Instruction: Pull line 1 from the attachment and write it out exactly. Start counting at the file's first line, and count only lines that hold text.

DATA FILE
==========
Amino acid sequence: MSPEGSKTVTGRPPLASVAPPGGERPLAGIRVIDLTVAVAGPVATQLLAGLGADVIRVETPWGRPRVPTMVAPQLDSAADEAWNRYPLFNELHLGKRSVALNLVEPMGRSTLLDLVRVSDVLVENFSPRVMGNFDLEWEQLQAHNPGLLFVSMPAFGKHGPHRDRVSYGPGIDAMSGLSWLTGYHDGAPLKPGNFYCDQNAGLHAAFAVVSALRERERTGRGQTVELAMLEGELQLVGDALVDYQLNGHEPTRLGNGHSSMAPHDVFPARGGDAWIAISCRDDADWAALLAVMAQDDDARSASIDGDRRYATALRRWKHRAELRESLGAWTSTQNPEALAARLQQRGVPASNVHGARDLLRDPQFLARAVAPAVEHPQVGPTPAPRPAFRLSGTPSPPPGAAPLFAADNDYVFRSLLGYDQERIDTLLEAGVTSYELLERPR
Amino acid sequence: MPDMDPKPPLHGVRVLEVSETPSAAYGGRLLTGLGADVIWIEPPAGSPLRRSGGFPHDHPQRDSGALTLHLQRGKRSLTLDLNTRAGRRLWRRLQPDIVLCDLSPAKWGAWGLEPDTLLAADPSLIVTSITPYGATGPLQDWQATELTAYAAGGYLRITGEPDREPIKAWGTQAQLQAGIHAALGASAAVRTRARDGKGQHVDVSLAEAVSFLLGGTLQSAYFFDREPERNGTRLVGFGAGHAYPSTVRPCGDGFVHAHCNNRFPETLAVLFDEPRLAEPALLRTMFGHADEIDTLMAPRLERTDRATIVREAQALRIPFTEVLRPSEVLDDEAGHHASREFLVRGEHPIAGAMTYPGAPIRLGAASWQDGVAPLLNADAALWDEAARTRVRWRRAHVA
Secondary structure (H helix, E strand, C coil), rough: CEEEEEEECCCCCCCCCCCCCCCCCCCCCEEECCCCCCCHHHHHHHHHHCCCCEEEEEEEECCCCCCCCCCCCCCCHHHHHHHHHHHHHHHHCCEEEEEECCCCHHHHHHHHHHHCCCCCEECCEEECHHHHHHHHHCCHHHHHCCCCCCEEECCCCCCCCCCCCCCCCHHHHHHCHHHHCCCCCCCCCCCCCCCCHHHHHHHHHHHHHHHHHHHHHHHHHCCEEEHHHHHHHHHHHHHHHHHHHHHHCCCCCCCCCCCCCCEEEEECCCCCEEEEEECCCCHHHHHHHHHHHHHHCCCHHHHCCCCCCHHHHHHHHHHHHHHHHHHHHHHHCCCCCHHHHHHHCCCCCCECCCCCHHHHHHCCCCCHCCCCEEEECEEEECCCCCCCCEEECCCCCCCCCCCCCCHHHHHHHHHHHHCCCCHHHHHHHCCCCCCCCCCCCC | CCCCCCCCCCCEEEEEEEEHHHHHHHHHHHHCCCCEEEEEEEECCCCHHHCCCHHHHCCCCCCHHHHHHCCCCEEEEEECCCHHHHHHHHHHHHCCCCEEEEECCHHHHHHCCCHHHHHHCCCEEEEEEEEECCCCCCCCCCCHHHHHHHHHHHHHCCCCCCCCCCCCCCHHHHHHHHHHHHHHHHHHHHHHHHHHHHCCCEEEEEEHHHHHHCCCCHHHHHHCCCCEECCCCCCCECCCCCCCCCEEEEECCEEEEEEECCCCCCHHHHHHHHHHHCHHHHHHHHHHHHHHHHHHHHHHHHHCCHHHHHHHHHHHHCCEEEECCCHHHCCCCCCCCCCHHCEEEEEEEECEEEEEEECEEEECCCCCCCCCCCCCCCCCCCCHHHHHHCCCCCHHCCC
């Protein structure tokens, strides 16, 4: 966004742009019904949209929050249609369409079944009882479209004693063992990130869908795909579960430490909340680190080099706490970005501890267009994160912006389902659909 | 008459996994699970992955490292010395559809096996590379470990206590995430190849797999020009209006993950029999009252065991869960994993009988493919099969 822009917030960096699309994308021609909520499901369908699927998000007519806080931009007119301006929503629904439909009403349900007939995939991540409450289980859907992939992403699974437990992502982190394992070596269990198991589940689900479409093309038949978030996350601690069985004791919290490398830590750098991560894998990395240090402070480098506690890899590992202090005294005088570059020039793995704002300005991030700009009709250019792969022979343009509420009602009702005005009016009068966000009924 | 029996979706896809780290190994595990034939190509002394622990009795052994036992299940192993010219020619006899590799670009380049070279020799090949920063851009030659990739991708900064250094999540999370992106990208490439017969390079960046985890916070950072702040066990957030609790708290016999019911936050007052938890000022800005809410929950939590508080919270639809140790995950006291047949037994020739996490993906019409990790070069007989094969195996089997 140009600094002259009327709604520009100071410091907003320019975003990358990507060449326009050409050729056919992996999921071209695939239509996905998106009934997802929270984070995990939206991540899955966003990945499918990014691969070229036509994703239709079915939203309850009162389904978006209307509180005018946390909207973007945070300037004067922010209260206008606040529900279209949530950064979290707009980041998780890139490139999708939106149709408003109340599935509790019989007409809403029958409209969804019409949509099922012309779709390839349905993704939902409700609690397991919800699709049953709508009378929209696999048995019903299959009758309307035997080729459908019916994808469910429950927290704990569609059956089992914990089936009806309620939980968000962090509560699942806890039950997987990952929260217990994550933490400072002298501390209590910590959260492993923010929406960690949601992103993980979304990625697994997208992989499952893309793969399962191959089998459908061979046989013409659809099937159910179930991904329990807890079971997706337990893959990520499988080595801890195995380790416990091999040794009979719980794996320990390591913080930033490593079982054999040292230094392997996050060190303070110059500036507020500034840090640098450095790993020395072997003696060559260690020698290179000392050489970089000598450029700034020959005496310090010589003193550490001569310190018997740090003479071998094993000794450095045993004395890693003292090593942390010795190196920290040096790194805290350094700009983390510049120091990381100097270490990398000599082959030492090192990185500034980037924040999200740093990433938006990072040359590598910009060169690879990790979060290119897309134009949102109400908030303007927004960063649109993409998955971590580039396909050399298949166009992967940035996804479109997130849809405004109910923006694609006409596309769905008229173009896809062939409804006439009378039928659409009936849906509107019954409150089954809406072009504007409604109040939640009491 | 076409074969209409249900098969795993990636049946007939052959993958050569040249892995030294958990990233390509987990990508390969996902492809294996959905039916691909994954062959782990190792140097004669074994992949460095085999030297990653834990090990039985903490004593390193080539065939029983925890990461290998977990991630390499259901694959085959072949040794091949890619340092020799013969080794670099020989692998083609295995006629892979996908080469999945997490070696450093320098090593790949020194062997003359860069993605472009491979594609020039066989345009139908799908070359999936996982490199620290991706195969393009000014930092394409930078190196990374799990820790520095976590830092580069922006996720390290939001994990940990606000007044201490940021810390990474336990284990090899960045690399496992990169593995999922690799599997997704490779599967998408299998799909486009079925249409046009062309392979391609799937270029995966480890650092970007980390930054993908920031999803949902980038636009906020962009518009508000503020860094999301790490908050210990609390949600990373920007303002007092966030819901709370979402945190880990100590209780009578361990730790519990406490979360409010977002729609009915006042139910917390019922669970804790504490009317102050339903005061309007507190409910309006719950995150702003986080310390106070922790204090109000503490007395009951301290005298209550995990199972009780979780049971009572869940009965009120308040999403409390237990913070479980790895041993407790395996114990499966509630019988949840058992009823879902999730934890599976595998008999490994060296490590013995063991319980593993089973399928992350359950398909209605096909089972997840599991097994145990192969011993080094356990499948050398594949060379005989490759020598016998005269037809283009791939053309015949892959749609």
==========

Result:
Amino acid sequence: MSPEGSKTVTGRPPLASVAPPGGERPLAGIRVIDLTVAVAGPVATQLLAGLGADVIRVETPWGRPRVPTMVAPQLDSAADEAWNRYPLFNELHLGKRSVALNLVEPMGRSTLLDLVRVSDVLVENFSPRVMGNFDLEWEQLQAHNPGLLFVSMPAFGKHGPHRDRVSYGPGIDAMSGLSWLTGYHDGAPLKPGNFYCDQNAGLHAAFAVVSALRERERTGRGQTVELAMLEGELQLVGDALVDYQLNGHEPTRLGNGHSSMAPHDVFPARGGDAWIAISCRDDADWAALLAVMAQDDDARSASIDGDRRYATALRRWKHRAELRESLGAWTSTQNPEALAARLQQRGVPASNVHGARDLLRDPQFLARAVAPAVEHPQVGPTPAPRPAFRLSGTPSPPPGAAPLFAADNDYVFRSLLGYDQERIDTLLEAGVTSYELLERPR